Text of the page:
Yellowknife’s mobile art gallery will make an appearance at Folk on the Rocks this weekend, featuring shows from three artists over three days.
First up on Friday night: a wall-to-wall display of boobs.
Chest Intentions is the creation of Yellowknife resident Jessica Davey-Quantick. It builds on a piece she displayed at 2018’s Social Fabric art show, hosted by the Yellowknife Artist-Run Community Centre in the city’s Centre Square Mall.
The exhibit features artistic interpretations of 30 different chests. Each is based on a photograph either sent to Davey-Quantick or taken during a photo shoot on her back porch.
“I have male chests, and non-binary chests, and female chests,” Davey-Quantick told Mornings at the Cabin on Tuesday. “I have different fabric art. Some are cross-stitched, some are ribbons, and some are embroidered pasties that I have affixed to them.”
The show is meant to demystify bodies and challenge the way society thinks about body image, Davey-Quantick said.
“It’s an exploration of how you would feel about your body if no one told you how to feel about your body,” she said.
“How does a viewer determine what we think of the body? When you look at a chest, do you think that a fat body is more inappropriate, or do you think it’s less sexual because we don’t sexualize big bodies, or do we fetishize it? When you look at a male chest, why do we feel differently about that?”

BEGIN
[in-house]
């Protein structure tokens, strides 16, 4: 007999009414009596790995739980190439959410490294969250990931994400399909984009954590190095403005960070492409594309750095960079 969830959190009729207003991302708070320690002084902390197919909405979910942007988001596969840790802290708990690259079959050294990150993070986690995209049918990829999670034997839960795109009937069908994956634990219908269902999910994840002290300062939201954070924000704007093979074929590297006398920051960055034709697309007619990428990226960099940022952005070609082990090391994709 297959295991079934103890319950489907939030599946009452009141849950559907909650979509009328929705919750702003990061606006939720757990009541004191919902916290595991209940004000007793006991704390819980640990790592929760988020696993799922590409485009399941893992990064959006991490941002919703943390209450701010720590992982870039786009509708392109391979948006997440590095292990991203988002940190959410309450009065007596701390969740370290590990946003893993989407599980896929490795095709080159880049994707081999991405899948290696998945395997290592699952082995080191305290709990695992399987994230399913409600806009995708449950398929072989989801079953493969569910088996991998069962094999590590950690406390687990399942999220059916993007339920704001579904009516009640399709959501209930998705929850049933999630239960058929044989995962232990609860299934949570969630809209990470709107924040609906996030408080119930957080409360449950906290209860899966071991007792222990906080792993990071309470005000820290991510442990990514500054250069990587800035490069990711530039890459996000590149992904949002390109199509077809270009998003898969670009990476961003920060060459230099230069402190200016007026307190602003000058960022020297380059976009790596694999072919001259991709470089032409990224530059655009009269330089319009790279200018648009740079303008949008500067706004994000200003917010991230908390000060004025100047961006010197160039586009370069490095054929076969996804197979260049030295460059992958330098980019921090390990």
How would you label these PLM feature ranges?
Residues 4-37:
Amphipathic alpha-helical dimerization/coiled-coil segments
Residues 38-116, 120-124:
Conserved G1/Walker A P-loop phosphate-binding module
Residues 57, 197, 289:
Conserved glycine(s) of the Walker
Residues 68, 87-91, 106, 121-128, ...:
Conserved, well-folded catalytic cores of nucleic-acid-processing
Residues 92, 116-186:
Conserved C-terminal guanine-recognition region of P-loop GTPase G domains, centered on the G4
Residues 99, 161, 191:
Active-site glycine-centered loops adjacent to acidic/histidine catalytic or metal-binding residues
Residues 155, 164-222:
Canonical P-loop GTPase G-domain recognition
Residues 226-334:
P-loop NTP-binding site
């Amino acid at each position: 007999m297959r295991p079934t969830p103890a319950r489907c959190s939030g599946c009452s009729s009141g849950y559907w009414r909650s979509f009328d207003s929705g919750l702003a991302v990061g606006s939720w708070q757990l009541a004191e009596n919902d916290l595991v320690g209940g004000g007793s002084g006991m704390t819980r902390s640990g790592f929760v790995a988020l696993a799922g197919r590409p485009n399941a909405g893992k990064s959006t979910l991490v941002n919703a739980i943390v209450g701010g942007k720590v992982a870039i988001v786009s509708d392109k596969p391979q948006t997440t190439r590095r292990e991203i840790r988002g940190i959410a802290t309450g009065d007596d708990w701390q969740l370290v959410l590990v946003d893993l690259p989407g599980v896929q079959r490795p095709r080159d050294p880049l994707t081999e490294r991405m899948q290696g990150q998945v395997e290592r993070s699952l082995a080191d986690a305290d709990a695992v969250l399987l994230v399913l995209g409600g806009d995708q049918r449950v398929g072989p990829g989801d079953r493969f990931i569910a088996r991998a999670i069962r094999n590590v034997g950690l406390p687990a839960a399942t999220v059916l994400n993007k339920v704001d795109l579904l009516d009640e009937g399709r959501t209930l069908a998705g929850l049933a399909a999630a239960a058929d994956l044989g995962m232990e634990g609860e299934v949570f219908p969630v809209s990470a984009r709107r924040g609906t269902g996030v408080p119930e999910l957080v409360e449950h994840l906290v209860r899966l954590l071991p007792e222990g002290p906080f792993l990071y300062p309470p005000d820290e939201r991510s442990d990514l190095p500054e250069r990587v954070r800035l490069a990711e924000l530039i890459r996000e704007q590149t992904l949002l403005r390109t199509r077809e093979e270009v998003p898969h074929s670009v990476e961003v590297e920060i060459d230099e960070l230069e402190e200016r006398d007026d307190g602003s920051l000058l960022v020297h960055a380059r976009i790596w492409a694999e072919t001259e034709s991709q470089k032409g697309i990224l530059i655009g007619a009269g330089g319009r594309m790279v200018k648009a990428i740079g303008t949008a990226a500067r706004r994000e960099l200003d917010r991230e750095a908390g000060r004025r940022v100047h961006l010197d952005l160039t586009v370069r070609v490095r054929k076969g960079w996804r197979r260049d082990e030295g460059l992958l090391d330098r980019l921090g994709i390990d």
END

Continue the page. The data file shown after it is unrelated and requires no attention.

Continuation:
While working on the show, Davey-Quantick said she noticed how many people experienced insecurities when it came to their bodies.
“Nobody thinks their bodies are OK,” she said.
Guidelines on social media platforms such as Facebook, Instagram, and TikTok muddy the waters even further, Davey-Quantick added, as user guidelines often discriminate against certain people and body types.
“Facebook and Instagram … are very into policing nipples, but specifically female nipples,” she said.
“TikTok is recently having an issue because bigger creators … are having things taken down for nudity violations when they’re just in a swimsuit, whereas skinny creators can do whatever they want.”
Moreover, ideas about body image change over time. What may seem “in fashion” in one decade could be looked down upon a few years later.
In an artist statement, Davey-Quantick wrote: “Bodies are complicated. They are personal but also public, private but always visible. The context and time and space they occupy dictate how they’re understood and perceived.
“Our definition of what makes a ‘good’ or ‘bad’ chest is shaped not by the hills and valleys of the chest in question but by the viewer’s own positionality. What do they, and the culture around them, think?”
Chest Intentions will be on display in the Art Gallery of the NWT trailer at the Folk on the Rocks site on Friday evening. Saturday will feature work by artists Darrell Chocolate and Trey Madsen, while Sunday will focus on work by Su Naï Ra and Ashley Daw.
Davey-Quantick’s exhibit will be back in the trailer in the fall.
“I’m really hoping people look at it and want to be part of it,” she said. “How many boobs can we get in that trailer?”
Jesse Wheeler and Scott Letkeman contributed reporting.